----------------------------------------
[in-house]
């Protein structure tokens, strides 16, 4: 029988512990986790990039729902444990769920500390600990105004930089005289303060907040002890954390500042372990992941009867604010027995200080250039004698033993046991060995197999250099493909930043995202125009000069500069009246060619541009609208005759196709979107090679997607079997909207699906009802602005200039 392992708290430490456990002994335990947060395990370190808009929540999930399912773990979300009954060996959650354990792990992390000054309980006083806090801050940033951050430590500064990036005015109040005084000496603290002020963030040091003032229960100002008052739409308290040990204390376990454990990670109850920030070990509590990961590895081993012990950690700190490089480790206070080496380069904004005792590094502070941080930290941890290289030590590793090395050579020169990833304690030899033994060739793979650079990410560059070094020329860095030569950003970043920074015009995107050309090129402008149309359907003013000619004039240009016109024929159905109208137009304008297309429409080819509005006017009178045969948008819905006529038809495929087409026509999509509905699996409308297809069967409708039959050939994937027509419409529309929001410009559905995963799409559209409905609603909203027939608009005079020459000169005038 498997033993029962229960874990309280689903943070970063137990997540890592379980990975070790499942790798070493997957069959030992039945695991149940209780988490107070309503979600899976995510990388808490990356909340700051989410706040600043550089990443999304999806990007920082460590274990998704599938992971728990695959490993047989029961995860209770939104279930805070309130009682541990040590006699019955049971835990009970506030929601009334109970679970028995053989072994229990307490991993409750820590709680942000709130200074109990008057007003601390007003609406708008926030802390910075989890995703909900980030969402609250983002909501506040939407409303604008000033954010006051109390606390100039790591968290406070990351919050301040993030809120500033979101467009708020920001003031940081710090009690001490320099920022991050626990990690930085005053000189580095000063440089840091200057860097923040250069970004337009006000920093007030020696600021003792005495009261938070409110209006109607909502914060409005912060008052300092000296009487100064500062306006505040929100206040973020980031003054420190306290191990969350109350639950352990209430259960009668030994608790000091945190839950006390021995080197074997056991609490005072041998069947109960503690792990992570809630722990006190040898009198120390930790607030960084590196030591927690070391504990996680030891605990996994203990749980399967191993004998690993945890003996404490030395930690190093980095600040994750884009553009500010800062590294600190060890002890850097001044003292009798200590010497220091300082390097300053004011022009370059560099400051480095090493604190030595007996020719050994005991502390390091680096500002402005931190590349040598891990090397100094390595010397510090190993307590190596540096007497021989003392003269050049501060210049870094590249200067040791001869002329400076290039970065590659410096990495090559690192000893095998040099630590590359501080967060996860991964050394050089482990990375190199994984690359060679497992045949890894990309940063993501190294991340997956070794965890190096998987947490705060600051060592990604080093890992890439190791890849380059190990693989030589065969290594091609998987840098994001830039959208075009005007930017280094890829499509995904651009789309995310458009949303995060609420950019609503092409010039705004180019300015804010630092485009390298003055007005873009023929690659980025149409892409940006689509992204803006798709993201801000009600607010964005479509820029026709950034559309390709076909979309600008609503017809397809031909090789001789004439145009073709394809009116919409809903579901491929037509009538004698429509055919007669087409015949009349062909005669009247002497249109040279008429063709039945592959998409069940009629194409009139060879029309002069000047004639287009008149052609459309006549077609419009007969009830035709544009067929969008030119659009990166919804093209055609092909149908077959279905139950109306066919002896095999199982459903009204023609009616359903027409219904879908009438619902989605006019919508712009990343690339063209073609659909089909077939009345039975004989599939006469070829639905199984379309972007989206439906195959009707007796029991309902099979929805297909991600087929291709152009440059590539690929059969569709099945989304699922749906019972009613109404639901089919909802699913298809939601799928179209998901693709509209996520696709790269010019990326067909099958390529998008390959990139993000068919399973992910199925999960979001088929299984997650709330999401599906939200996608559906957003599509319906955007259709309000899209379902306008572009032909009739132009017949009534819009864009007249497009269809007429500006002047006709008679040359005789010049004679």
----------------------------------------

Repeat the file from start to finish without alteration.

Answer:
[in-house]
């Protein structure tokens, strides 16, 4: 029988512990986790990039729902444990769920500390600990105004930089005289303060907040002890954390500042372990992941009867604010027995200080250039004698033993046991060995197999250099493909930043995202125009000069500069009246060619541009609208005759196709979107090679997607079997909207699906009802602005200039 392992708290430490456990002994335990947060395990370190808009929540999930399912773990979300009954060996959650354990792990992390000054309980006083806090801050940033951050430590500064990036005015109040005084000496603290002020963030040091003032229960100002008052739409308290040990204390376990454990990670109850920030070990509590990961590895081993012990950690700190490089480790206070080496380069904004005792590094502070941080930290941890290289030590590793090395050579020169990833304690030899033994060739793979650079990410560059070094020329860095030569950003970043920074015009995107050309090129402008149309359907003013000619004039240009016109024929159905109208137009304008297309429409080819509005006017009178045969948008819905006529038809495929087409026509999509509905699996409308297809069967409708039959050939994937027509419409529309929001410009559905995963799409559209409905609603909203027939608009005079020459000169005038 498997033993029962229960874990309280689903943070970063137990997540890592379980990975070790499942790798070493997957069959030992039945695991149940209780988490107070309503979600899976995510990388808490990356909340700051989410706040600043550089990443999304999806990007920082460590274990998704599938992971728990695959490993047989029961995860209770939104279930805070309130009682541990040590006699019955049971835990009970506030929601009334109970679970028995053989072994229990307490991993409750820590709680942000709130200074109990008057007003601390007003609406708008926030802390910075989890995703909900980030969402609250983002909501506040939407409303604008000033954010006051109390606390100039790591968290406070990351919050301040993030809120500033979101467009708020920001003031940081710090009690001490320099920022991050626990990690930085005053000189580095000063440089840091200057860097923040250069970004337009006000920093007030020696600021003792005495009261938070409110209006109607909502914060409005912060008052300092000296009487100064500062306006505040929100206040973020980031003054420190306290191990969350109350639950352990209430259960009668030994608790000091945190839950006390021995080197074997056991609490005072041998069947109960503690792990992570809630722990006190040898009198120390930790607030960084590196030591927690070391504990996680030891605990996994203990749980399967191993004998690993945890003996404490030395930690190093980095600040994750884009553009500010800062590294600190060890002890850097001044003292009798200590010497220091300082390097300053004011022009370059560099400051480095090493604190030595007996020719050994005991502390390091680096500002402005931190590349040598891990090397100094390595010397510090190993307590190596540096007497021989003392003269050049501060210049870094590249200067040791001869002329400076290039970065590659410096990495090559690192000893095998040099630590590359501080967060996860991964050394050089482990990375190199994984690359060679497992045949890894990309940063993501190294991340997956070794965890190096998987947490705060600051060592990604080093890992890439190791890849380059190990693989030589065969290594091609998987840098994001830039959208075009005007930017280094890829499509995904651009789309995310458009949303995060609420950019609503092409010039705004180019300015804010630092485009390298003055007005873009023929690659980025149409892409940006689509992204803006798709993201801000009600607010964005479509820029026709950034559309390709076909979309600008609503017809397809031909090789001789004439145009073709394809009116919409809903579901491929037509009538004698429509055919007669087409015949009349062909005669009247002497249109040279008429063709039945592959998409069940009629194409009139060879029309002069000047004639287009008149052609459309006549077609419009007969009830035709544009067929969008030119659009990166919804093209055609092909149908077959279905139950109306066919002896095999199982459903009204023609009616359903027409219904879908009438619902989605006019919508712009990343690339063209073609659909089909077939009345039975004989599939006469070829639905199984379309972007989206439906195959009707007796029991309902099979929805297909991600087929291709152009440059590539690929059969569709099945989304699922749906019972009613109404639901089919909802699913298809939601799928179209998901693709509209996520696709790269010019990326067909099958390529998008390959990139993000068919399973992910199925999960979001088929299984997650709330999401599906939200996608559906957003599509319906955007259709309000899209379902306008572009032909009739132009017949009534819009864009007249497009269809007429500006002047006709008679040359005789010049004679």